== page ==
Residents oppose new refuse system

By Patrick LowmanCOUNCILLORS have backed angry residents who have called for a new refuse collection scheme to be shelved amid health fears.Babergh District Council has launched a Twin Bin scheme in an effort to improve recycling figures, but the new initiative means many residents now only have the domestic waste collected once a fortnight.

By Patrick Lowman

COUNCILLORS have backed angry residents who have called for a new refuse collection scheme to be shelved amid health fears.

Babergh District Council has launched a Twin Bin scheme in an effort to improve recycling figures, but the new initiative means many residents now only have the domestic waste collected once a fortnight.

Residents in Glemsford, Great Cornard, Sudbury and Leavenheath were outraged when the first phase of the scheme was launched in July.


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The council has now received further letters of complaints and concerns over the fortnightly collections, which some residents claimed were a health hazard.

Under the Twin Bin scheme, residents get two bins instead of one - black bins for domestic waste and blue bins for recyclable materials - which are collected and emptied on alternative weeks.

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Residents have now demanded their domestic waste is collected weekly and have been given the backing of some councillors.

One resident, David Wade, from Leavenheath, said his bin had become infested with maggots.

“When the binmen arrived, the bin was crawling with maggots. This is the second time this has happened, but we never had this problem with the weekly collections,” he added.

“As you can imagine, after two weeks the smell is atrocious and with maggots crawling all over the place, surely this leads to an environmental health hazard?”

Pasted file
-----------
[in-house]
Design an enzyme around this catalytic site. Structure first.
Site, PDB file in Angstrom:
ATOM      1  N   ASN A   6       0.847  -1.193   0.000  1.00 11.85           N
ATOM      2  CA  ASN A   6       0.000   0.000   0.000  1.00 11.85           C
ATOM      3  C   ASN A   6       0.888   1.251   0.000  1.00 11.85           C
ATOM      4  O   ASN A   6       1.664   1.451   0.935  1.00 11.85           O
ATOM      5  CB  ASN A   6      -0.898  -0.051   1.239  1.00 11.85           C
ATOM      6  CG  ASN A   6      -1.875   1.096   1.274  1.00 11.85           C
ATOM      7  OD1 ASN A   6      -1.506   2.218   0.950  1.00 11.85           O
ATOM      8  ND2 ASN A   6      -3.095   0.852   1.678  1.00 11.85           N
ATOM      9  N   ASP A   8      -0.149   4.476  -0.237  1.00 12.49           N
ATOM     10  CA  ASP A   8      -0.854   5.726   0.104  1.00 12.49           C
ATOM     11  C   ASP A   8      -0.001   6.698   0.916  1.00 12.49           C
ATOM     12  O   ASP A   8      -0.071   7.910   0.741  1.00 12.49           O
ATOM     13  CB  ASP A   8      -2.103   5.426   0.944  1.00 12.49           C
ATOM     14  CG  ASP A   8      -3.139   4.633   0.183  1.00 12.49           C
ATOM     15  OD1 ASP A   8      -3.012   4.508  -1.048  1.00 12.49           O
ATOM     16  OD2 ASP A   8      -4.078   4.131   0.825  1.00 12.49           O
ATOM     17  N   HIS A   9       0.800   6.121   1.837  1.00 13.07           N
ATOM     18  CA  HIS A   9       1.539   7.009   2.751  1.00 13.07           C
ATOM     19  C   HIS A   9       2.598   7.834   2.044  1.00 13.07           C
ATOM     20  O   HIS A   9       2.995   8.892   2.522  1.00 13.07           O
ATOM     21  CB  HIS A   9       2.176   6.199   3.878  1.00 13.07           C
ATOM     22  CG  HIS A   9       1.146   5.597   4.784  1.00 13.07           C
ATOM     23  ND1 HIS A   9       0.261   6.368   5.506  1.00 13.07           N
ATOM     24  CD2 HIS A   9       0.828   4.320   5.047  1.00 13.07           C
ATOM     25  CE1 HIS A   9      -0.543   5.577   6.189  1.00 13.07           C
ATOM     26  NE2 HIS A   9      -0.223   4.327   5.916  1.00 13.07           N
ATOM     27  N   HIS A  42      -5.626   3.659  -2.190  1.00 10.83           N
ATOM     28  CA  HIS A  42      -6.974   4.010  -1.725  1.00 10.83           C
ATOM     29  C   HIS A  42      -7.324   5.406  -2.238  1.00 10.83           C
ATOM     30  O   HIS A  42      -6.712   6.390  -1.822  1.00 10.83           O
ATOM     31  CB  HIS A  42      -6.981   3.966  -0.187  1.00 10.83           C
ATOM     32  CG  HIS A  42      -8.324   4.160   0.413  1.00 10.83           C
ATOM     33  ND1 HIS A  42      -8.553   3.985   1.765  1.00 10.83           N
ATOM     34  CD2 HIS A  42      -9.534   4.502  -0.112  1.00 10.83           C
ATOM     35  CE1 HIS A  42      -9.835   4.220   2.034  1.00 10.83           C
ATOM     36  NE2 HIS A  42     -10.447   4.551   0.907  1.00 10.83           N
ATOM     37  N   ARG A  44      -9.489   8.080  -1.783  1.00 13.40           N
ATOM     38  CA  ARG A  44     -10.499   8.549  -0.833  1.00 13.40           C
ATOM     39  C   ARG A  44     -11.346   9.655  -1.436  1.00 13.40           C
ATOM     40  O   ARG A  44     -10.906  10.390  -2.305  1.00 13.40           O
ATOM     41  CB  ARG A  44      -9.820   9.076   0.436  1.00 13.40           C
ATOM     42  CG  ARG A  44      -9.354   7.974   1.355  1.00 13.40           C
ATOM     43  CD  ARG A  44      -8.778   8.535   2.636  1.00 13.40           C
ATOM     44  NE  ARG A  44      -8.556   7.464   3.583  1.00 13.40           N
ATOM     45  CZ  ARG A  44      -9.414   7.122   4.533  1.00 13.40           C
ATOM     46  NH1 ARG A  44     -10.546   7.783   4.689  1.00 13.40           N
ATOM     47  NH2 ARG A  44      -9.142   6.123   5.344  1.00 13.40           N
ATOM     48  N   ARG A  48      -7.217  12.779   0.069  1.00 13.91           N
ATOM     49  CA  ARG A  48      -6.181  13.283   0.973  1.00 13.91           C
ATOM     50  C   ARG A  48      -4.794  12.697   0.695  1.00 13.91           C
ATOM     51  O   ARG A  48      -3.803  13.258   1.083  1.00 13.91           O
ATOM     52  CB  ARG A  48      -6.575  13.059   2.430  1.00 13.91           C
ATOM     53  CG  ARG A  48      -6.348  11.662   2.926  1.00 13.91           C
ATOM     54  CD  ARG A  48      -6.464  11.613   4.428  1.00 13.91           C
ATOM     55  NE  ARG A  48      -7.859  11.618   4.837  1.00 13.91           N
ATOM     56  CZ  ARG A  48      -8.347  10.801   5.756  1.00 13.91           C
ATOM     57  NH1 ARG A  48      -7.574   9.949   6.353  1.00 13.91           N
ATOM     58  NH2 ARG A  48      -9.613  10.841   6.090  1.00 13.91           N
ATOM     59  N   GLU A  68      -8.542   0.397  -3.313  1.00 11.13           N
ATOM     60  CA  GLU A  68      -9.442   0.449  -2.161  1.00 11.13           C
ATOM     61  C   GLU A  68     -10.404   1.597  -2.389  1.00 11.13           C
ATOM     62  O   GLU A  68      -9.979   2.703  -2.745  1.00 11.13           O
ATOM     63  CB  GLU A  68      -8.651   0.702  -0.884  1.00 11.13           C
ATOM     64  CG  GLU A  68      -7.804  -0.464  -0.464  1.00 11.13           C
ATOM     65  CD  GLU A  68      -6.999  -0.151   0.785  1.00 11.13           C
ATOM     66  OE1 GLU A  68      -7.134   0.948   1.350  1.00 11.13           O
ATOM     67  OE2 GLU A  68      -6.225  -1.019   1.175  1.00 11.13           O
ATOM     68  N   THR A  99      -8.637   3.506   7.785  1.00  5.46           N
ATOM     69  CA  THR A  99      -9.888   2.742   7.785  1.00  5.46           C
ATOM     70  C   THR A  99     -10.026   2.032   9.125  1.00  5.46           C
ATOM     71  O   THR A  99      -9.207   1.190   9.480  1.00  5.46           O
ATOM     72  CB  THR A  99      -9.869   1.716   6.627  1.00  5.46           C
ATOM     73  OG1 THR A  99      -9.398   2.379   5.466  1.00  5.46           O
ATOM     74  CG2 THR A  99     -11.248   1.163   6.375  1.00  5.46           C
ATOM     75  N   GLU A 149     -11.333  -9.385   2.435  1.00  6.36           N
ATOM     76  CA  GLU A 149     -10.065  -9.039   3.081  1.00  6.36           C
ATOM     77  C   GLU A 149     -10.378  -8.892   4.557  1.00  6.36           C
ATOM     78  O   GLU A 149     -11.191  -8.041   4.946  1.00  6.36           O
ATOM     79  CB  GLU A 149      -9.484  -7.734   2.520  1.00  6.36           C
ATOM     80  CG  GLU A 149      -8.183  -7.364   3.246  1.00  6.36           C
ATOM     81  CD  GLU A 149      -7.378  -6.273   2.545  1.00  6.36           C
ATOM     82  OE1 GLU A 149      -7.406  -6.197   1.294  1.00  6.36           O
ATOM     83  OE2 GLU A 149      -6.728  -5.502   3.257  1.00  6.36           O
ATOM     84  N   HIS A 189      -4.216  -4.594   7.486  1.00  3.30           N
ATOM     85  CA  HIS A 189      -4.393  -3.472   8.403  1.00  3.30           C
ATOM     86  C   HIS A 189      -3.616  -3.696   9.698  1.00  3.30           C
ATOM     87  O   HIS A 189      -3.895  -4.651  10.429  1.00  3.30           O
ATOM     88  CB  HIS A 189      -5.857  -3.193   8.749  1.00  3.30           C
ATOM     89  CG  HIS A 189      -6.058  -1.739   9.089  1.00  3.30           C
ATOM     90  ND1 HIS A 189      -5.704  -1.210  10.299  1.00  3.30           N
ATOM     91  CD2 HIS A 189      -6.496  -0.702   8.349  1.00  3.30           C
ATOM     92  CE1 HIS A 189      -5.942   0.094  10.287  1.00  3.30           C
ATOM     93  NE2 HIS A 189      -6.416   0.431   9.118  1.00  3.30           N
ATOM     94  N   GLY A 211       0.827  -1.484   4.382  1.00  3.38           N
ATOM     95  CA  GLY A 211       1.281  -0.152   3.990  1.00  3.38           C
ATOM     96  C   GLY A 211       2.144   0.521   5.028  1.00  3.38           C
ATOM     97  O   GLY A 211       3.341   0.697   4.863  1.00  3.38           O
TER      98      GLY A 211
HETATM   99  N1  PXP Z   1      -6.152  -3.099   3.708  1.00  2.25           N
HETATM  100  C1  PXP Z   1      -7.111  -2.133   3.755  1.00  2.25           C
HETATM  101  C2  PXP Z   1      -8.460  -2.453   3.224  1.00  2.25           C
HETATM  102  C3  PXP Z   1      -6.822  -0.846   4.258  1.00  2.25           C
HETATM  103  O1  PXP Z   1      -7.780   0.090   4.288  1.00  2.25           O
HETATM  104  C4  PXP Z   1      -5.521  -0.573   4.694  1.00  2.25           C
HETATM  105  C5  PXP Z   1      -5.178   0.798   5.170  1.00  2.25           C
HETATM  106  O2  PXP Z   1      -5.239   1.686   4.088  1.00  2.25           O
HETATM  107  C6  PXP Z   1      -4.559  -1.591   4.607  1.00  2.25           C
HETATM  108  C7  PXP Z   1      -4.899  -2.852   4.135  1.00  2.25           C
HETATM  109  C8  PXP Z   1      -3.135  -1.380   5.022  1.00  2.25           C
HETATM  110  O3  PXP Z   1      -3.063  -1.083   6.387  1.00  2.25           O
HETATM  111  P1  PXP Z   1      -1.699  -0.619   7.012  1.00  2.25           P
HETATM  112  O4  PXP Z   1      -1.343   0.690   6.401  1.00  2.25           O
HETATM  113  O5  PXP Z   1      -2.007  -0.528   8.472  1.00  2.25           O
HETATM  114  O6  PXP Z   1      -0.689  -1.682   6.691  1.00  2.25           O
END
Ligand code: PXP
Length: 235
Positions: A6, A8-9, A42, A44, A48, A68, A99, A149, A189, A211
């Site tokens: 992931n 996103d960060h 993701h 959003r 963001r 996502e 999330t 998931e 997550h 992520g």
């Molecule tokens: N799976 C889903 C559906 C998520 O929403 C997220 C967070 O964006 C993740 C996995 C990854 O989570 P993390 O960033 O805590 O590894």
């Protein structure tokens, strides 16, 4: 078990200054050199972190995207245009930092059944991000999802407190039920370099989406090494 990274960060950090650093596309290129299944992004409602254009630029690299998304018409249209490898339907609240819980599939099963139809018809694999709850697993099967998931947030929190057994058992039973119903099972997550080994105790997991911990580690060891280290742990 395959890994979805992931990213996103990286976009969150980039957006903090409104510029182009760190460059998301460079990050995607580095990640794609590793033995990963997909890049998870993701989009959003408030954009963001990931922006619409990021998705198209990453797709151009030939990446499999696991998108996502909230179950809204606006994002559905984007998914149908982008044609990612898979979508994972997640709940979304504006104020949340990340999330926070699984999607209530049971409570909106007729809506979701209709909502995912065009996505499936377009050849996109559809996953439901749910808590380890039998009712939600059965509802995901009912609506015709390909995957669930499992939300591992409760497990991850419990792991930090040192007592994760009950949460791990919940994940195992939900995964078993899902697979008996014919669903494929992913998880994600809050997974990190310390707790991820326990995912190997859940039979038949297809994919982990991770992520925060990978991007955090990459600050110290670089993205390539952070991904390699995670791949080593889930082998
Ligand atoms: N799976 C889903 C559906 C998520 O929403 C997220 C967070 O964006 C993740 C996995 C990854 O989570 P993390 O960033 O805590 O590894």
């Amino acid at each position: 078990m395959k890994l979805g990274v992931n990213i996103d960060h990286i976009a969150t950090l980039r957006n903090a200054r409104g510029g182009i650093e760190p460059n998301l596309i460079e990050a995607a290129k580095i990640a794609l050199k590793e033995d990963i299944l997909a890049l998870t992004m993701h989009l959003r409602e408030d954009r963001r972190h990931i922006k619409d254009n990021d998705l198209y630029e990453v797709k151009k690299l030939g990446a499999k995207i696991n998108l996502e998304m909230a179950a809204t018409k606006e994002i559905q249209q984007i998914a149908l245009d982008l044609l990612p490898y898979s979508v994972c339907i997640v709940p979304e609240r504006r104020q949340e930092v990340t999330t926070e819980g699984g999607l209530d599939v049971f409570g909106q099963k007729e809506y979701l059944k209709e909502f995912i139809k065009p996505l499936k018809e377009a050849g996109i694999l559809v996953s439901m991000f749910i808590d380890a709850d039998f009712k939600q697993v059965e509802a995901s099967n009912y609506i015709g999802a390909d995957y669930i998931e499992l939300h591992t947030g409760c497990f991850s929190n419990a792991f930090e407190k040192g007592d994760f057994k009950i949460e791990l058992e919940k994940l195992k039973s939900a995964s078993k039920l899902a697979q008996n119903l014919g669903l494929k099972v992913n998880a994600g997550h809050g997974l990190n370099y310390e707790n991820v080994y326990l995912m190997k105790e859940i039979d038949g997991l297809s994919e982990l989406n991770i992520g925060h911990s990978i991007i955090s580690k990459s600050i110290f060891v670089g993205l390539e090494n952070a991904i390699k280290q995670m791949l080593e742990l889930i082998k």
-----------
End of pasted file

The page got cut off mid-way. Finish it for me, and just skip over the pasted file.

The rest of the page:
Town councillor, Albert Pearce, said: “I have been gathering local opinion over this scheme and I have not met one person in favour of it. We honestly believe it is a health hazard.

“People are in favour of recycling, but they can't understand why their domestic waste is only collected once a fortnight after they have just had a massive increase in their council tax.

“Babergh must address this situation and the scheme must be reviewed.”

So far 10,000 households in Sudbury, Hadleigh, Great Cornard and some surrounding villages have had the Twin Bin scheme introduced.

By the end of October the second phase of the scheme will cover another 8,000 homes within the district.

The scheme will then be rolled out to cover the entire 36,000 households in the Babergh district in March and April 2004.

Babergh District Council's head of environmental services, Malcolm Firth, said: “So far we have 10,000 households involved in this scheme and the complaints have been no more than expected and we don't know if the majority of the residents are against it.

“We are looking at evidence to see if the fortnightly collections are unhealthy. We did this before the scheme was introduced and found no evidence to suggest there could be a public health risk.”

He added: “People should make sure they thoroughly wrap materials that attract flies so they can not lay eggs which produce maggots.

“If we go back to weekly collections, residents are likely to see another rise in their council tax. No policy is set in stone and we do listen to the electorate and evaluate the standard of our services.”

patrick.lowman@eadt.co.uk

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